Flashcards in Lecture 18: Integration salt and water balance 2 Deck (31):
Where is aldosterone released from?
- zona glomerulosa cells of the adrenal Cortex
Where is ACE released from?
Where is angiotensinogen released from?
What causes aldosterone release?
1. Most powerful: K+ conc (ECF)
2. Angiotensin II
Aldosterone action cellularily
1. Aldosterone binds to non-specific MC mineralocorticoid receptor from intersitial side (spironolactone competitive inhibition)
2. events in nucleus
3. ENac channel causes increased sodium reabsorption into cell
4. Na finally pushed into ECF via NaK ATPase
5. Decreased potassium levels
What competitively inhibits MC receptor on interstitial side?
What competitively inhibits ENaC channel on tubular lumen side?
- K sparing diuretic
Normally aldosterone stimulates the reabsorption of 33g of NaCl daily.
If patient loses 10% adrenal function --> will 33g of NaCl be excreted per day indefinitely?
System has compensation/redundancy: if there is an inappropriate angiotensin of aldosterone response --> there is enough backup to continue (even though not being as ideal)
Sodium loss --> stimulates Na retention mechanisms --> adrenal gland cortex failure results in inability to secrete aldosterone
Other factors will continue to try --> decrease GFR --> increased Na reabsorption (partially)
Regulation of ecf Osmolality
osmolality = tightly controlled = changes in ions
- REGULATED by H2O handling
- Mediator: ADH
Regulation of ecf Volume
fluid volume = quanitity of water
- REGULATED by Na handling, as it drives water movement
- varies alot around the day -> therefore need lots of backup mechanisms (surrounding Na movement) to control ecf Volume
Out of ecf osmolality and volume what varies more and what does this mean re its regulators?
1. ecf Volume varies throughout the day
--> this means that it requires More Regulator mechanisms (surrounding Na movement) to control its fluctuations
Why do you want to keep osmolality within tight range?
Brain cells dont like changes in osmolality
hyper/hypo osmolality --> nausea, headaches, confusion, lethargy, weakness, seizures
Attempted suicide with soy sauce
Massive change in blood volume
All fluid has come out to try balance osmolality
- high Na in blood -->
- ADH levels decreased
- Renin decreased --> decreased reabsorption of Na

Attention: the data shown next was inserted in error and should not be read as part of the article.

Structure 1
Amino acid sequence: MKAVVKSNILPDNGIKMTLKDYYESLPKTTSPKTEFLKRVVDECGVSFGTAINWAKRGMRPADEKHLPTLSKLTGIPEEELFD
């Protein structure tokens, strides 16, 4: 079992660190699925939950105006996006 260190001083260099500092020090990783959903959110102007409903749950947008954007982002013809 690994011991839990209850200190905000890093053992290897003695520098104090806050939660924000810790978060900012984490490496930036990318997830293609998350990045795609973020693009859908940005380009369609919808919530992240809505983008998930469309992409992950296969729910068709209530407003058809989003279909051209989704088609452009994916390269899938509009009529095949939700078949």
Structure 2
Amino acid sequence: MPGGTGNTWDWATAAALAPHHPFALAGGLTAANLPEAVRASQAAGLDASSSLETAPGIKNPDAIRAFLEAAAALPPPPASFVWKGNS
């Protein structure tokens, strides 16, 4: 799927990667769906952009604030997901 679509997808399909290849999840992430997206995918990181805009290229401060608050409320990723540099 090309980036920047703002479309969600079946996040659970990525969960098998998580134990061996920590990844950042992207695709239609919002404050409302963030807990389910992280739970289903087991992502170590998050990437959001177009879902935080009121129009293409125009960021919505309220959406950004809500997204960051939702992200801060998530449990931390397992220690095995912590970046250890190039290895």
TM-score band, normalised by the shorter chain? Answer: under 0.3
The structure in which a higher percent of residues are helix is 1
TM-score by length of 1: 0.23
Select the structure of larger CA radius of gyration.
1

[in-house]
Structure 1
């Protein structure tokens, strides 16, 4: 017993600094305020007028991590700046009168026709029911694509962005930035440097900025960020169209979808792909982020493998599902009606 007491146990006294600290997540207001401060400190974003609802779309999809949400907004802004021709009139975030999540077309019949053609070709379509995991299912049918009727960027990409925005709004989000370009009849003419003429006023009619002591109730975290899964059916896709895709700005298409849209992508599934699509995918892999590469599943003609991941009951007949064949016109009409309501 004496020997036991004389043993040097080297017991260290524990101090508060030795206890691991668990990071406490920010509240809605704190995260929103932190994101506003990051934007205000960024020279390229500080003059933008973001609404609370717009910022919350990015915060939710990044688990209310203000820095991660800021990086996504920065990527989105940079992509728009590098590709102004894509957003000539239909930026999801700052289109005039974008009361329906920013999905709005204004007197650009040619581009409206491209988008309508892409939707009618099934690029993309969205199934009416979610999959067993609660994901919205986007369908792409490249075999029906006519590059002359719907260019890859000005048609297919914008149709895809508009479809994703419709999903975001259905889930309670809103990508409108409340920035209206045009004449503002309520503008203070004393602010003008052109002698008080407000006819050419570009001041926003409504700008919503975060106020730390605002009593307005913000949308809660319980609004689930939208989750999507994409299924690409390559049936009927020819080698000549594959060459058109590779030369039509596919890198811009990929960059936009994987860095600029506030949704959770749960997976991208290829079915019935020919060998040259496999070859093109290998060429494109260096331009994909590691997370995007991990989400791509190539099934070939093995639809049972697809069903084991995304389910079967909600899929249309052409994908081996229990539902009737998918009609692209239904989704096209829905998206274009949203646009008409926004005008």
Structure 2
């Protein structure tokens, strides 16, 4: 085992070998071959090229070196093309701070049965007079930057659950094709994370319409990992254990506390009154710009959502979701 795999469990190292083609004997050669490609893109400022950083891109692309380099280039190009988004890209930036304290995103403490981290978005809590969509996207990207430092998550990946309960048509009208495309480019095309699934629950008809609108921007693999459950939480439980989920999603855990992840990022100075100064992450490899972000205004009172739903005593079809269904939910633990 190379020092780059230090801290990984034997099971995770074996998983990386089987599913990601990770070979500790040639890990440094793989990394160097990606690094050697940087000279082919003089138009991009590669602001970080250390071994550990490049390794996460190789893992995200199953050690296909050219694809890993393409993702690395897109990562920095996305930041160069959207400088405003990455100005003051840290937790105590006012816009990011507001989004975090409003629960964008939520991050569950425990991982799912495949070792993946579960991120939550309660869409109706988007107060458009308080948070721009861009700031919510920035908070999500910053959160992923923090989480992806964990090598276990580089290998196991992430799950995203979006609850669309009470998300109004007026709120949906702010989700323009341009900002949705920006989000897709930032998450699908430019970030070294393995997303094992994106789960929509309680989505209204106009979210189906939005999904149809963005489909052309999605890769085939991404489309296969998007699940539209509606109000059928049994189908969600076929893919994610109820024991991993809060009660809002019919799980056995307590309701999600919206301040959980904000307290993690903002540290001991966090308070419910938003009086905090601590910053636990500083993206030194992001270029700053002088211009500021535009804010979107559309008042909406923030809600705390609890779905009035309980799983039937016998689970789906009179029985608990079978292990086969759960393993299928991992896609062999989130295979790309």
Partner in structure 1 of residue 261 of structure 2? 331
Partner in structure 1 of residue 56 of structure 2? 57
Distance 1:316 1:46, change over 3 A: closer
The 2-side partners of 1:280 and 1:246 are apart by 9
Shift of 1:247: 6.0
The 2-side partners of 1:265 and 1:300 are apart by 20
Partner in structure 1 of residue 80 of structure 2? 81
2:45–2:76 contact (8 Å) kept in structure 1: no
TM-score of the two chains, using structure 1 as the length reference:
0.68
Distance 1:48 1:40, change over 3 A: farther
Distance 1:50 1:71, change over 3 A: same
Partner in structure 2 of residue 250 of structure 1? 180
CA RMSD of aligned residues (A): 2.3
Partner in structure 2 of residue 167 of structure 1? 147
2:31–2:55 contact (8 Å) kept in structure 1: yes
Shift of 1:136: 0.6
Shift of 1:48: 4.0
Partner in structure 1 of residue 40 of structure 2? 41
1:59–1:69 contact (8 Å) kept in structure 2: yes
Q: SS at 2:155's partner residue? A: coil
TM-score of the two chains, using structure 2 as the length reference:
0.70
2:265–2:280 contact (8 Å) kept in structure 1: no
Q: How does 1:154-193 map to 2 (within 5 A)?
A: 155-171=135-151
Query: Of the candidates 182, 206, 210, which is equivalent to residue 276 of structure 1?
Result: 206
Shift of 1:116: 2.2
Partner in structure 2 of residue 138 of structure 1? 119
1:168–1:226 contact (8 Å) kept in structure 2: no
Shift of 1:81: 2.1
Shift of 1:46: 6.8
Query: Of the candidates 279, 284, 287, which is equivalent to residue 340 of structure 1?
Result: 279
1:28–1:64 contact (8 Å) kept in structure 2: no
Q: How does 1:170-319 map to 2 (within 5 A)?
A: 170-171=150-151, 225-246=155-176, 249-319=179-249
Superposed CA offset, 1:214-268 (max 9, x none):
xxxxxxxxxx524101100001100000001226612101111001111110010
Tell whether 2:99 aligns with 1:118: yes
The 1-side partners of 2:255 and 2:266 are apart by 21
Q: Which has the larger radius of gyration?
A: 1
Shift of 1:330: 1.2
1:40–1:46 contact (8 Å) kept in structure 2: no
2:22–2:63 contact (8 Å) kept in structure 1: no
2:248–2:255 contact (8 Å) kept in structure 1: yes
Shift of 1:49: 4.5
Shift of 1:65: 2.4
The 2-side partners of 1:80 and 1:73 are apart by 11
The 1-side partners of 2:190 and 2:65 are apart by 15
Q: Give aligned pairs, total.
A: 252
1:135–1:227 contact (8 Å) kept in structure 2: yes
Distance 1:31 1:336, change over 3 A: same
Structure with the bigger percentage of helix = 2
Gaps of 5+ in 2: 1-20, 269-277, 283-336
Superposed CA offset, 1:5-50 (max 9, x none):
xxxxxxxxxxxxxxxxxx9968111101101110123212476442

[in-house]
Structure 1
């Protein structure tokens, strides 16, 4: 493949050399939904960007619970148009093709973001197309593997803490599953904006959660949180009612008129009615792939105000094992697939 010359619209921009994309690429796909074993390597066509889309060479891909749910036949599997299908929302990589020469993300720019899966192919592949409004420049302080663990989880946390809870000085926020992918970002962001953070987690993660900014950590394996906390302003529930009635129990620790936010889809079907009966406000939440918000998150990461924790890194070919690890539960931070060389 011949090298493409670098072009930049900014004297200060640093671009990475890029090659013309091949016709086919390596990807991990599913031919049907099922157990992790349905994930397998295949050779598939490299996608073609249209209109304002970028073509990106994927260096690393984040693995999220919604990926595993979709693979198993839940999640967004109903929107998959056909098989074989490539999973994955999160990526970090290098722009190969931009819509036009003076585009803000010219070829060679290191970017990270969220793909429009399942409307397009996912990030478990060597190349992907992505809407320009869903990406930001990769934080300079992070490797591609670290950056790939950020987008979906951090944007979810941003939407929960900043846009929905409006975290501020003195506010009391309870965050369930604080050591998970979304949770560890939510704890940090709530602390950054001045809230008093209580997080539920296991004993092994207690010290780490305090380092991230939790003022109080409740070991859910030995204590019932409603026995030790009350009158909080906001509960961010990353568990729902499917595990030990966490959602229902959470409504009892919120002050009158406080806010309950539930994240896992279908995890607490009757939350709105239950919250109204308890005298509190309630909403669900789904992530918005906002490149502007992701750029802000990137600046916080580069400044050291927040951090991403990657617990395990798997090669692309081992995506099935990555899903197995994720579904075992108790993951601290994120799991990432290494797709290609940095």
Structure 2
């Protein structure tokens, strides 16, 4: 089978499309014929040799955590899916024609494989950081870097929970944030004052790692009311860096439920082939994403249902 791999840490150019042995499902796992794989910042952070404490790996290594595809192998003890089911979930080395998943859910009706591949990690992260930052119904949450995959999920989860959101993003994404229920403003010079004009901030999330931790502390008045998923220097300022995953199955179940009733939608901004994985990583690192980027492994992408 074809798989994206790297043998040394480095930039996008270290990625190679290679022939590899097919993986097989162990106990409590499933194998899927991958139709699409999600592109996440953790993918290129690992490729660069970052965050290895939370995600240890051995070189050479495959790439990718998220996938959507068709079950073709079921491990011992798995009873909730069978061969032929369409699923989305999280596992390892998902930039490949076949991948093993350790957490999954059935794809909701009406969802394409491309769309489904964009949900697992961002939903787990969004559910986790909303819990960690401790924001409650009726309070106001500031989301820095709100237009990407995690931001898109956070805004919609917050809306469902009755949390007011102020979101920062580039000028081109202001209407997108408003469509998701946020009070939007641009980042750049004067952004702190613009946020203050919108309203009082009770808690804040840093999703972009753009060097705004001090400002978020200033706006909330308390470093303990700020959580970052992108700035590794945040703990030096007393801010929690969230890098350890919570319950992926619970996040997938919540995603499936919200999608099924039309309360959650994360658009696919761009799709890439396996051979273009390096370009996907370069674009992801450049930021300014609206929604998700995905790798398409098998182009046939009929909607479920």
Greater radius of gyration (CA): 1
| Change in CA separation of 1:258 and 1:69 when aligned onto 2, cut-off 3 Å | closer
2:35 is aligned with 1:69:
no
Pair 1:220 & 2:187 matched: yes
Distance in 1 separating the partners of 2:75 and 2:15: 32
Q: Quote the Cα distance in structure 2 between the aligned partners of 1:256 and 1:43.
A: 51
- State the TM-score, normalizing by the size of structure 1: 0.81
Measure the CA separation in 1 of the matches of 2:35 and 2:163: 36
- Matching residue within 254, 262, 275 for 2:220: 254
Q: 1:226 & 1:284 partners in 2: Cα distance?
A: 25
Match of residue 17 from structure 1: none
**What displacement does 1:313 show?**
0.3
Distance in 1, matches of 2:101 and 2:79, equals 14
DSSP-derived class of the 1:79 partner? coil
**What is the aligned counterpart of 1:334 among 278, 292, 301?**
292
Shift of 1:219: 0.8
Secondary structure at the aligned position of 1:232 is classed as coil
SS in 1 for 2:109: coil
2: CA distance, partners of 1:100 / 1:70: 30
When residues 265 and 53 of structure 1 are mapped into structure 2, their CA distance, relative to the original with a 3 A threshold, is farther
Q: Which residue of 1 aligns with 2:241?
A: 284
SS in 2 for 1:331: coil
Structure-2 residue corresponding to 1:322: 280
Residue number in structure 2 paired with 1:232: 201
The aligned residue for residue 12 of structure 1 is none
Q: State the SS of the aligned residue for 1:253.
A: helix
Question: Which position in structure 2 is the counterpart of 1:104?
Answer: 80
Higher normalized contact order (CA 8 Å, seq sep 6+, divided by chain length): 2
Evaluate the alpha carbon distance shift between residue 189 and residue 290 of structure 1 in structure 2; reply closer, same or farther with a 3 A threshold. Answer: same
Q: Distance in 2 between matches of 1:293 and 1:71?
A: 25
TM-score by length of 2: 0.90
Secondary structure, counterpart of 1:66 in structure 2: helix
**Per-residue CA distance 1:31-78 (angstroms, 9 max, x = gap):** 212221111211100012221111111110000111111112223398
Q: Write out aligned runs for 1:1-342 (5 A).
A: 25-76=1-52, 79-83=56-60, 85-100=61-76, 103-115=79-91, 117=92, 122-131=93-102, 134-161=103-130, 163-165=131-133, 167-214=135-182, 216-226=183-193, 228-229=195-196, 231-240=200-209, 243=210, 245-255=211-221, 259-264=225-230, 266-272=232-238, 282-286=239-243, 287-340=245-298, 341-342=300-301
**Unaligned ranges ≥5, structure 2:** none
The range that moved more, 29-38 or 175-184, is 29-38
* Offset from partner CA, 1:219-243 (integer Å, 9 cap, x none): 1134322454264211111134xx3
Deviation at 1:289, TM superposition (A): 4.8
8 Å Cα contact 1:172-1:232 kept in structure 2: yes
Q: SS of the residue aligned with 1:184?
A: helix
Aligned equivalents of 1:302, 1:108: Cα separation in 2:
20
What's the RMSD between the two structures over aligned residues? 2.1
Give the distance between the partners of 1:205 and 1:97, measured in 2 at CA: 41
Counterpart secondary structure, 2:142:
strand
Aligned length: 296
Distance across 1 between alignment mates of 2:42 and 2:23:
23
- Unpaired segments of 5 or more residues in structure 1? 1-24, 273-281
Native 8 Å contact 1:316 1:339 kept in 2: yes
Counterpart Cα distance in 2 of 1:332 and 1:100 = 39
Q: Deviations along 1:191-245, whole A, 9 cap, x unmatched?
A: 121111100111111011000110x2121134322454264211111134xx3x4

- small increase in Blood volume
Hyponatremia in marathon runners
Historical advice: continually drink water
13% of runners had Hyponatremia (over hydrated)
What happens when there is a High ECF volume?
Decreased reabsorption of Na
- as Na regulates ECF volume levels
What increases Na reabsorption?
What decreases NA reabsorption?
2. Decreased RAAS and SNS
released from heart in response to increased Pressure and Stretch on heart
What are the actions of ANP
1. Blocks ENac + Inhibits NaKATPase --> decrease DT Na reabsorption
2. Inhibits aldosterone release
3. Inhibits renin release
4. Vasodilates afferent arteriole --> increased GFR
5. Urodilation released by kidney (30 aa almost identical to ANP)
6. Dopamine released by PT neurons --> inhibition of PT NaKATPase and NaH exchanger
primarily negative feedback loops
What are the 2x regulators of osmolality?
Osmolality is regulated by water change
1. osmorecetpors --> ADH from kidney
2. thirst --> brain/drinking behavior
-- NEgative feed back
What are the sensors and regulators of blood pressure changes?
Blood pressure: carotid sinus + aortic arch baroreceptors
Blood volume: atrial stretch receptors
- Short term : BP
- long term: NA secretion
What happens during dehydration?
What happens when you eat alot of salty chips?
Step 1: Increased osmolarity --> decrease in osmalarity via increase in ECF
Step 2: Increased ECF --> excrete (slow) + rapid (blood pressure changes CVCC ANS)
What is the relationship b/w SNS and Na levels
Increased Na levels --> decrease SNS activity --> decreases Volume
What is the relationship b/w change in SNS and change in Blood PRessure
Even if Blood pressure doesn't change
- SNS activity will change renal 1. RAAS system independently 2. vasoconstriction of afferent arteriole --> changes GFR (extrinsic mechanisms)
What is the impact of a high salt pasta meal re angiotensin?
- high salt = high volume = decrease RAAS
Decreased angiotensin II --> decreased aldosterone --> decreased Na reabsorption
Dehydrations relationship with ADH
What is the angiotensin response to hemorrhage if renal nerves to the kidney are denervated?
- hemorrhage --> decrease BP --> reduction in afferent arteriolar --> increased SNS
Effects of increasing angiotensin II on salt and water in urine
Increased angiotensin II --> Increased reabsorption of Na and hence water --> decreased Na and water in urine